Dear 1999 self,
Right now you are 2.5 years into your undergrad collaborative piano program, and the skills you are gaining will mainly be useful for employment in academic circles. 'Great', you say, 'I want to stay in academia'. True for now, but in a few years you will realize that you have no interest in teaching, which in turn makes a professor position undesired, and a doctorate unnecessary. You will also realize that living in Nowhere, USA is the only way for you to occupy a full-time (yet untenured) Staff Accompanist position. Short answer to the above: no.
Now that I've wiped out your present career plans, here's the good news: opera, vocal and instrumental repertoire are only one aspect of an enormous range of possibilities in collaborative piano. Your future work ideal will be variety: variety in workplaces, in collaborative partners and in repertoire - so do yourself a favor and switch back to piano performance (or to the B of Arts track, if necessary). Continue to develop your solo classical chops, and also continue to work with classical singers and instrumentalists, but spend the rest of your time looking into these areas:
- Go to the dance department: they have excellent pianists you can observe (study with them if you can) in the area of providing accompaniment for ballet and modern dance classes
- Go to the musical theatre department: offer to be a substitute pianist for rehearsals, offer to turn pages for the audition pianists, learn the standard repertoire, listen to CDs of shows - get involved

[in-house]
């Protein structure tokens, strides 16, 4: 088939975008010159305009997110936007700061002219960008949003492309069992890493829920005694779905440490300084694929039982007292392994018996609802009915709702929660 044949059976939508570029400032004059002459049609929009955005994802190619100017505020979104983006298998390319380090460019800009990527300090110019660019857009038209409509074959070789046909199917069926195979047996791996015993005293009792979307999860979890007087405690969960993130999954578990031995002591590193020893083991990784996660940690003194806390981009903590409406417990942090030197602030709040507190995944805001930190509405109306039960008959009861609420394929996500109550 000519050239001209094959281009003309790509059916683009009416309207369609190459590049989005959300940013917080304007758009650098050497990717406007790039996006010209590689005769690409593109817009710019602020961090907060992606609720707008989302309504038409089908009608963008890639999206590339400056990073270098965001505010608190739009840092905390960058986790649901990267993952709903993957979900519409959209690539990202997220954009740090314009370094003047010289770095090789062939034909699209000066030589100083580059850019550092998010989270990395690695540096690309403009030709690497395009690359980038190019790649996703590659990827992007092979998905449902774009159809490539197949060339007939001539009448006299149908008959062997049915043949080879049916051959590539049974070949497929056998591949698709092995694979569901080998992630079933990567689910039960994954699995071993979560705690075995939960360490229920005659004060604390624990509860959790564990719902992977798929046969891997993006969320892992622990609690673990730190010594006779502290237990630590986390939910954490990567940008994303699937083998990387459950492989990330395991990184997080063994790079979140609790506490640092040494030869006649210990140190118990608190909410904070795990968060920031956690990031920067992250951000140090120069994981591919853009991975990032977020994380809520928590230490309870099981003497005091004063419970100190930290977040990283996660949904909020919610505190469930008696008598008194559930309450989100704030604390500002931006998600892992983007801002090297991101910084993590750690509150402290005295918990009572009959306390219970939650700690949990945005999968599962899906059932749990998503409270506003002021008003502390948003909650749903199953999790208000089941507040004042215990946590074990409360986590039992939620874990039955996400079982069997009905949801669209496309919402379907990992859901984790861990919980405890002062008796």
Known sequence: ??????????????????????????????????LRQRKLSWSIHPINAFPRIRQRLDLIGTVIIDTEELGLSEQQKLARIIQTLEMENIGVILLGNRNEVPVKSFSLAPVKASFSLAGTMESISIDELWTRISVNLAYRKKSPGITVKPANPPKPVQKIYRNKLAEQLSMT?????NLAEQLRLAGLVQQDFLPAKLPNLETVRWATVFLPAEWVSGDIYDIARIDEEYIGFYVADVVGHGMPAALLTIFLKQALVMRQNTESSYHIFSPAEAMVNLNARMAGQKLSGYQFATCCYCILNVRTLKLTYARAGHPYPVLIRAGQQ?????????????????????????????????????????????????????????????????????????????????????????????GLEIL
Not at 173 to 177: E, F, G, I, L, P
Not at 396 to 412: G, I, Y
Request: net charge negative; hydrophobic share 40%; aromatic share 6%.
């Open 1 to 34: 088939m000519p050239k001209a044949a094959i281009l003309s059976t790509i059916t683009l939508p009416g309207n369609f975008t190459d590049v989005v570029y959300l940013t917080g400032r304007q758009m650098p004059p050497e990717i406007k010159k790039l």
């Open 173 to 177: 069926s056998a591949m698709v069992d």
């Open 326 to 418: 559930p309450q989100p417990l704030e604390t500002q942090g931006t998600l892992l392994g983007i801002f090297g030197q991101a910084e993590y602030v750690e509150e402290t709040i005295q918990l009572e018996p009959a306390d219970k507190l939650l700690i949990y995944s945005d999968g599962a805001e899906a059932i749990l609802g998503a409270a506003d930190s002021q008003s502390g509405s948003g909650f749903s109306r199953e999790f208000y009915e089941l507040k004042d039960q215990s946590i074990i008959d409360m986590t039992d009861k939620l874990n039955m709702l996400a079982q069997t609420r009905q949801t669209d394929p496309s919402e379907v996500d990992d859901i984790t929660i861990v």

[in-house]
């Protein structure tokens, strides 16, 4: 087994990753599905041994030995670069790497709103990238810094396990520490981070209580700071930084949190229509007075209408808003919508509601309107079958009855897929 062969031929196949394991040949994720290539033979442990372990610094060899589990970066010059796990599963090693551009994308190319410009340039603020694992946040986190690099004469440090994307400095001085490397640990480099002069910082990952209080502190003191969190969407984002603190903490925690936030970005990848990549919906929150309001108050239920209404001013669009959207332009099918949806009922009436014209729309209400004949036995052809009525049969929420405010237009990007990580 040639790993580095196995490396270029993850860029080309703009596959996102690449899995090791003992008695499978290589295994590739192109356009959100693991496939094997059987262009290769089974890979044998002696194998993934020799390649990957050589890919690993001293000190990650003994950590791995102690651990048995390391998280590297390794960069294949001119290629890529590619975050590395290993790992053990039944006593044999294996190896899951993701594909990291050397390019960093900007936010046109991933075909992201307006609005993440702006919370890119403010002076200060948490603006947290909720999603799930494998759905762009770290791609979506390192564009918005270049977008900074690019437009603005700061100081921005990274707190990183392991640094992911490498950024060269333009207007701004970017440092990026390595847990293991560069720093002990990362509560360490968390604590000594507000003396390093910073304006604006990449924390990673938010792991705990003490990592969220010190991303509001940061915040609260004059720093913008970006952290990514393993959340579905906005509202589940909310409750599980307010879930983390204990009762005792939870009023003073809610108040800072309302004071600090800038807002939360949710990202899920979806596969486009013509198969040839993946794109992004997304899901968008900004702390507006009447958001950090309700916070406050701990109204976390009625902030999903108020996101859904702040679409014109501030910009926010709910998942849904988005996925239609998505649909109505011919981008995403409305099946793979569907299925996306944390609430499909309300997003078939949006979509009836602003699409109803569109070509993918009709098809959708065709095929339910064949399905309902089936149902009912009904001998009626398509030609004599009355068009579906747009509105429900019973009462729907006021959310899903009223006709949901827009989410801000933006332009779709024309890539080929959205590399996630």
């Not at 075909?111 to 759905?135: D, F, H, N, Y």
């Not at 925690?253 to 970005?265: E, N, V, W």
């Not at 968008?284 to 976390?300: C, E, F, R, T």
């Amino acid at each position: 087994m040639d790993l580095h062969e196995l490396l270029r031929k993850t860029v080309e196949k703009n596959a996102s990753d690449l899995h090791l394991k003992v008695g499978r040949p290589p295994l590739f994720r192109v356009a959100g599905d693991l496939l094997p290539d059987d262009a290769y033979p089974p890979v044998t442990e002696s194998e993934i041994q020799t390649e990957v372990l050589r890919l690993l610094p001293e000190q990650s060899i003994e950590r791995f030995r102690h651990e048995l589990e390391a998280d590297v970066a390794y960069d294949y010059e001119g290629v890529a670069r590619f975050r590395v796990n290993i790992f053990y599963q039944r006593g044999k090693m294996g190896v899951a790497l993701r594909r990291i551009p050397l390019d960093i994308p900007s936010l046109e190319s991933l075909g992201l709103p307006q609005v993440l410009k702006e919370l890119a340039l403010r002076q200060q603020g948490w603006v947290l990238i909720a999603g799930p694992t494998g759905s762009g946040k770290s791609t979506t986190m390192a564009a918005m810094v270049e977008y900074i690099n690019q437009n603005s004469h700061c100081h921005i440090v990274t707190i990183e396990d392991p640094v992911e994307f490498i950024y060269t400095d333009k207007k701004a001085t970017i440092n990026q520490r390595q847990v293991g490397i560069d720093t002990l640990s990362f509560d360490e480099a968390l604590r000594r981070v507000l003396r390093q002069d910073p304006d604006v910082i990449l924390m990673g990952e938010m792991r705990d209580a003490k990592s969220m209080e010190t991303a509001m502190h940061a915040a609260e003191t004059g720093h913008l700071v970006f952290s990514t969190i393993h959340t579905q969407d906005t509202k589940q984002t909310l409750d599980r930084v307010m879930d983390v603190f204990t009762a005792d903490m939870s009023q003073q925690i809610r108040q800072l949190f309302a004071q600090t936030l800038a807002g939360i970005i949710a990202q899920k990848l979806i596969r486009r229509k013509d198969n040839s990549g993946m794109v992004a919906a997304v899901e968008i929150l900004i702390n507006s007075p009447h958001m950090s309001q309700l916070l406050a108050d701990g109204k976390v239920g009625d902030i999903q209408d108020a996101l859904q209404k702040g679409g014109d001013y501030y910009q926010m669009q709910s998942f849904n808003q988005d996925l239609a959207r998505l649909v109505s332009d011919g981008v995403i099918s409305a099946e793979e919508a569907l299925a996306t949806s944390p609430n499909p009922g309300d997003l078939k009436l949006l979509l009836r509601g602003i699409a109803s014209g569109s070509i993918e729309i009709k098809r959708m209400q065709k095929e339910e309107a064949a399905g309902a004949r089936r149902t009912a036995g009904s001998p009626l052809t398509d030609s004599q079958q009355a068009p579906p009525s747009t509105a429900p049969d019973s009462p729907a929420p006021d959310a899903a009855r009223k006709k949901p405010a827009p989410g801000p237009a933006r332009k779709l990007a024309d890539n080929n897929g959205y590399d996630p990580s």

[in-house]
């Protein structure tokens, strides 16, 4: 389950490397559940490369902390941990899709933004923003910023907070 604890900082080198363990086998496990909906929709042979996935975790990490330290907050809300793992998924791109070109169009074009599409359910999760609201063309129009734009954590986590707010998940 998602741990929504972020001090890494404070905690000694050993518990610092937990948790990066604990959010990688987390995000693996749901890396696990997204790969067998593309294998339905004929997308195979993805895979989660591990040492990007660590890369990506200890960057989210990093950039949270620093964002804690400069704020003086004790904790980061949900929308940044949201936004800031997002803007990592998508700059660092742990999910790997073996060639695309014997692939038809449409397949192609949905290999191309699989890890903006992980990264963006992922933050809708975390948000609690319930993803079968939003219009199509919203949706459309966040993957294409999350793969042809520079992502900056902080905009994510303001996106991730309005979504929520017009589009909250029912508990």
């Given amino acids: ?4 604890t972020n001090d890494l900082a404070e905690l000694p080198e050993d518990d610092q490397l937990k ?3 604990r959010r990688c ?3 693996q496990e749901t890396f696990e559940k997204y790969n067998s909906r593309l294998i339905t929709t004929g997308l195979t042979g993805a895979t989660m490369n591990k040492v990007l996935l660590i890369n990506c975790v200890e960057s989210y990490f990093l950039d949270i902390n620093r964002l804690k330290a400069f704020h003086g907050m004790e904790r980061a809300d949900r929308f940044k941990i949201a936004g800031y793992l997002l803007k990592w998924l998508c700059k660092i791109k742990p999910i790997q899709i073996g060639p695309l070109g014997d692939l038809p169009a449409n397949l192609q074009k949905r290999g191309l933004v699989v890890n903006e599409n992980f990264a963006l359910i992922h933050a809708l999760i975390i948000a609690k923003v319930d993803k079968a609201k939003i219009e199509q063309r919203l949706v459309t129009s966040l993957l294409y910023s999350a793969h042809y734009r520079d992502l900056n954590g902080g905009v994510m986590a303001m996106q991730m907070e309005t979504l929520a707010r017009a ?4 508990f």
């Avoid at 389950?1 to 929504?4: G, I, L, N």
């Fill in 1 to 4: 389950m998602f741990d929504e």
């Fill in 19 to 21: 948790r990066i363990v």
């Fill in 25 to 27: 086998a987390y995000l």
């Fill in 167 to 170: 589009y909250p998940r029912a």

- Look into Community theater: offer to be a substitute pianist for rehearsals, for shows, etc - learn by doing
- Sit in on vocal coachings of all kinds, write down their tricks, their warmups, try them out yourself
- Learn Finale (or equivalent programs of the time) and transcribe things - look into arranging if possible
- Study improvisation and/or jazz - get to where reading a chart is a simple exercise
- Take voice lessons - singers will make a lot more sense when you do
- Practice jazz scales in addition to your other warm-ups - it will set you up for the future in several ways (learning contemporary music, studying jazz in-depth, etc)
- Finagle as much private study as possible with people who do things you wish you could do (look inside and outside the university)
- Look for opportunities to perform, anywhere and everywhere
Doing any of this will expand the venues you (we) can work in the future, and will be more satisfying for you in the short run as well. Last tidbit - for gradschools, focus on teachers and performance opportunities within the school over the actual names of schools.